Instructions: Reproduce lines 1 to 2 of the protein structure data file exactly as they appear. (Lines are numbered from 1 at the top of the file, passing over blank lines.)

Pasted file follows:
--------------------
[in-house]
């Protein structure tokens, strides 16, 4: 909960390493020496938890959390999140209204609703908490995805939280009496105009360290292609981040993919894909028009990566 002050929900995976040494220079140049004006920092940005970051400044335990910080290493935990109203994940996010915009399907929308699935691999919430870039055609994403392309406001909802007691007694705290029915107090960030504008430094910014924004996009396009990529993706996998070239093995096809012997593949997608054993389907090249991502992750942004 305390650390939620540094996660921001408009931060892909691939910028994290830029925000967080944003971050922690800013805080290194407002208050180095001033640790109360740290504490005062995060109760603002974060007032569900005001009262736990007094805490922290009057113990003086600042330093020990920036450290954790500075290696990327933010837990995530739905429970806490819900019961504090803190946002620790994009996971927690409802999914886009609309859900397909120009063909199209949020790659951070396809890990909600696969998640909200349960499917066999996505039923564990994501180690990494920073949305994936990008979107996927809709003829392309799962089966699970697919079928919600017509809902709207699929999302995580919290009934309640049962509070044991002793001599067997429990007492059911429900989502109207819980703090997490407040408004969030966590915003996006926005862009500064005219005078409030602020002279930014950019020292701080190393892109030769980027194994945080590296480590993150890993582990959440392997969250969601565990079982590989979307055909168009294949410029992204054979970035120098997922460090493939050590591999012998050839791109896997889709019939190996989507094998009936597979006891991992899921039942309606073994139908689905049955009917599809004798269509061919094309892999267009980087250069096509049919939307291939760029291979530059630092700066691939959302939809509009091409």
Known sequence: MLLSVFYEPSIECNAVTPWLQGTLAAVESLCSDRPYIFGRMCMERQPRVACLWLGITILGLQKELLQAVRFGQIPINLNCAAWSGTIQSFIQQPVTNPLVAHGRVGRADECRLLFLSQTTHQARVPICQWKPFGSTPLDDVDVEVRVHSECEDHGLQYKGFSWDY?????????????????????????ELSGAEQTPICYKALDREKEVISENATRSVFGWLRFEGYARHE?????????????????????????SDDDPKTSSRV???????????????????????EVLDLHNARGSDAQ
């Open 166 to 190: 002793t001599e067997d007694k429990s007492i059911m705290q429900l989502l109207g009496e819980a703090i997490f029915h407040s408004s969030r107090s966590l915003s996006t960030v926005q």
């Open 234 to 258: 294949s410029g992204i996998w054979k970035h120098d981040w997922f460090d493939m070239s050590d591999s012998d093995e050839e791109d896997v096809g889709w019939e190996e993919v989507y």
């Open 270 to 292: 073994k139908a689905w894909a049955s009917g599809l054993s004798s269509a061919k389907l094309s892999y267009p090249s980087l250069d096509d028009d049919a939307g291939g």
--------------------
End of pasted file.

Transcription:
[in-house]
């Protein structure tokens, strides 16, 4: 909960390493020496938890959390999140209204609703908490995805939280009496105009360290292609981040993919894909028009990566 002050929900995976040494220079140049004006920092940005970051400044335990910080290493935990109203994940996010915009399907929308699935691999919430870039055609994403392309406001909802007691007694705290029915107090960030504008430094910014924004996009396009990529993706996998070239093995096809012997593949997608054993389907090249991502992750942004 305390650390939620540094996660921001408009931060892909691939910028994290830029925000967080944003971050922690800013805080290194407002208050180095001033640790109360740290504490005062995060109760603002974060007032569900005001009262736990007094805490922290009057113990003086600042330093020990920036450290954790500075290696990327933010837990995530739905429970806490819900019961504090803190946002620790994009996971927690409802999914886009609309859900397909120009063909199209949020790659951070396809890990909600696969998640909200349960499917066999996505039923564990994501180690990494920073949305994936990008979107996927809709003829392309799962089966699970697919079928919600017509809902709207699929999302995580919290009934309640049962509070044991002793001599067997429990007492059911429900989502109207819980703090997490407040408004969030966590915003996006926005862009500064005219005078409030602020002279930014950019020292701080190393892109030769980027194994945080590296480590993150890993582990959440392997969250969601565990079982590989979307055909168009294949410029992204054979970035120098997922460090493939050590591999012998050839791109896997889709019939190996989507094998009936597979006891991992899921039942309606073994139908689905049955009917599809004798269509061919094309892999267009980087250069096509049919939307291939760029291979530059630092700066691939959302939809509009091409």